Snowy Owl Spotted
Inside the Outdoors, March 23
, 2012

A gent visited my home recently to state that he had seen some white owls recently and wanted to know more about them. I asked him to describe them a little more so that when I called the Pennsylvania Game Commission in Bolivar, I could pinpoint just what he was describing.

Here is what the middle-aged Latrobe resident said. “You know, lately I have been seeing some white owls around here that I’ve never seen before. Aren’t they extinct?”

We both had a good laugh over that, because he later realized what he meant to say was that these birds were “endangered.” Extinct would mean that they are not only not around but dead, never to return. Endangered means that they are protected until the population of a certain kind of wildlife grows and are no longer limited in numbers.

Anyway, a little bit about this bird of prey. What captured his attention was a snowy owl. According to the PGC, these birds are “rare and irregular visitors to the Keystone State. They show up mainly from November to January. If food is scarce on the arctic tundra, large numbers may migrate south. Owl migrations usually occur at four or five year intervals.”

The PGC describes the bird as having white barred grayish-brown plumage. Its feet and legs are heavily feathered. Having lot of feathers keeps the bird warm, particularly during the winter.

Its food usually consists of mice, ground squirrels, rats, rabbits and hares.

The snowy owl usually hunts during twilight, however in the Commonwealth, it looks for food during the daylight.

“The snowy owl is as large as the great horned owl,” so states the PGC, “with a 24-inch body length, a 60 inch wingspan and body weight up to five pounds.”

Another Latrobe resident told me she sighted one sitting in a tree in her backyard.

Oh, and by the way, this bird is not on the endangered list.

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Speaking of birds, one of my teenage friends approached me a couple of weeks ago and advised me of what he described as a chicken hawk. A few weeks back I had talked about the Cooper’s Hawk that I came upon on Walnut St. After talking to the avian ecologist at Powdermill Nature Reserve, he told me about a number of hawks in the area, but nothing about a chicken hawk. After he pointed it out to me, I concluded we were looking at a snowy owl in Mr. Rogers Neighborhood. There is no such thing as a chicken hawk that I know of.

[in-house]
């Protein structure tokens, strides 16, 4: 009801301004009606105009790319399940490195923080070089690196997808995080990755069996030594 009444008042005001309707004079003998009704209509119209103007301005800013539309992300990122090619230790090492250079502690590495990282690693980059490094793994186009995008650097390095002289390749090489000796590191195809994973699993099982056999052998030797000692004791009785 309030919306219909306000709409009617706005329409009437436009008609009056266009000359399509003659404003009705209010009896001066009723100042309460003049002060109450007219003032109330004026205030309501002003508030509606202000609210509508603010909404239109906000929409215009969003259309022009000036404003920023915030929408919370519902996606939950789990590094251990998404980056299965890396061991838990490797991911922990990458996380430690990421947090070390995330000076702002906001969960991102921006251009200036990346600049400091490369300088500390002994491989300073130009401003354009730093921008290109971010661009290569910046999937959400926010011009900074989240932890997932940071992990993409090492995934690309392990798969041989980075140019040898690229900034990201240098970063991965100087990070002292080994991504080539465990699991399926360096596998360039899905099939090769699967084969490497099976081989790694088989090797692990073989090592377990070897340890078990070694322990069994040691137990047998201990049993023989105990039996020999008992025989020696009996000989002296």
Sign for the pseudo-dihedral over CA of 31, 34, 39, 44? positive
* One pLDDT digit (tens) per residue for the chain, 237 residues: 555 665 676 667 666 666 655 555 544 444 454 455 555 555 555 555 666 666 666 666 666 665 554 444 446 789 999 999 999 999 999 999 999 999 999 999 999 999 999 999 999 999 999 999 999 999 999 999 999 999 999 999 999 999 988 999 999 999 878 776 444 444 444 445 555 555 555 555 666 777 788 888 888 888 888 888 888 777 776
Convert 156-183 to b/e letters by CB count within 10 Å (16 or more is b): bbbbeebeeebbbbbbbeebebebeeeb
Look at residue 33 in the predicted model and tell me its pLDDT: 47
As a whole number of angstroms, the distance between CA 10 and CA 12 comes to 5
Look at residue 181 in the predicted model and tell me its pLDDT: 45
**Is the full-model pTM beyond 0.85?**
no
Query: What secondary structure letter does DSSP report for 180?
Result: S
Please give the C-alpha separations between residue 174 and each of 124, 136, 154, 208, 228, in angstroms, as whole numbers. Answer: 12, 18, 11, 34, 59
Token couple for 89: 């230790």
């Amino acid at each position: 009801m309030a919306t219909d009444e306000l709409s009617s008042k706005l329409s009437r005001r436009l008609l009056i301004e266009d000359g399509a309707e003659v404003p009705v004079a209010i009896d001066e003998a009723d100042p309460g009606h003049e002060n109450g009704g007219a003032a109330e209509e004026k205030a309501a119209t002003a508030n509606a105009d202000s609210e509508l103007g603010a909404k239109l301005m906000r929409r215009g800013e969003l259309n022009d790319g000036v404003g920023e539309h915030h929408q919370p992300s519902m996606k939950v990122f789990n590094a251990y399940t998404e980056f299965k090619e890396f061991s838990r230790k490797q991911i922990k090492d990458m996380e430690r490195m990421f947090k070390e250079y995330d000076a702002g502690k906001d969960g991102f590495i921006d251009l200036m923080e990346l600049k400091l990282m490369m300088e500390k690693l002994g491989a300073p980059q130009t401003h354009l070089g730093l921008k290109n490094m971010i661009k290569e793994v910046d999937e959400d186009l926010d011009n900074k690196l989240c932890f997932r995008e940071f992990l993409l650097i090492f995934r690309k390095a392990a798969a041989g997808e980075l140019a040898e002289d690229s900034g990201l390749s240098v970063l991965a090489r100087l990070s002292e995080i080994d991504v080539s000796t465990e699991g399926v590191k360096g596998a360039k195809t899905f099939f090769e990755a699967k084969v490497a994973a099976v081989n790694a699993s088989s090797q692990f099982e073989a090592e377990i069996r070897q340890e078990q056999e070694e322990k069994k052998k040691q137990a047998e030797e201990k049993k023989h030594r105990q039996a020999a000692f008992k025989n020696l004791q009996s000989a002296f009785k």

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Got a phone call from a gent who lives out on the edge of town. He claimed that bucks have been showing up on his property with very large antlers. “Since we had an uncommon winter with high temperatures, I guess the deer won’t lose their antler’s this year,” he said.

I contacted Tom Fazi, information and education supervisor for the PGC. He told me the deer will most certainly lose their antlers. “The time varies,” he said, but they will eventually fall off.” I guess the old saying applies – “Time will tell.”

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I received a notification about a gun bash the Forbes Trail Chapter of Ducks Unlimited is holding in North Huntingdon. The donation is $5. For further information, one may call Glenn Merlin at 724-863-3001. Tell him you saw the write-up in my column.

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It’s always exciting to know people are reading my column. As a result, recently, I received an email from Randy Sanner who stated, “I read your articles on the eagles. I see a few every year around Loyalhanna Creek and toward Mammoth Park,” he said

He added, “Another type of raptor we have is the American Kestrel out toward Loyalhanna Post Office. I have been watching a pair of them nesting here in the summer for the past few years. They are beautiful birds.” Thanks, Randy. I appreciate your comments.

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And last but not least, Connie from Loyalhanna Trading Post on Rt. 30, stated that anglers are “catching trout like crazy on minnows out at Twin Lakes.” So, go for it. You’ve got until the end of the month.


- Paul J. Volkmann
Contact me by email

To buy my book, Off the Wall Favorites, call me at 724-539-8850.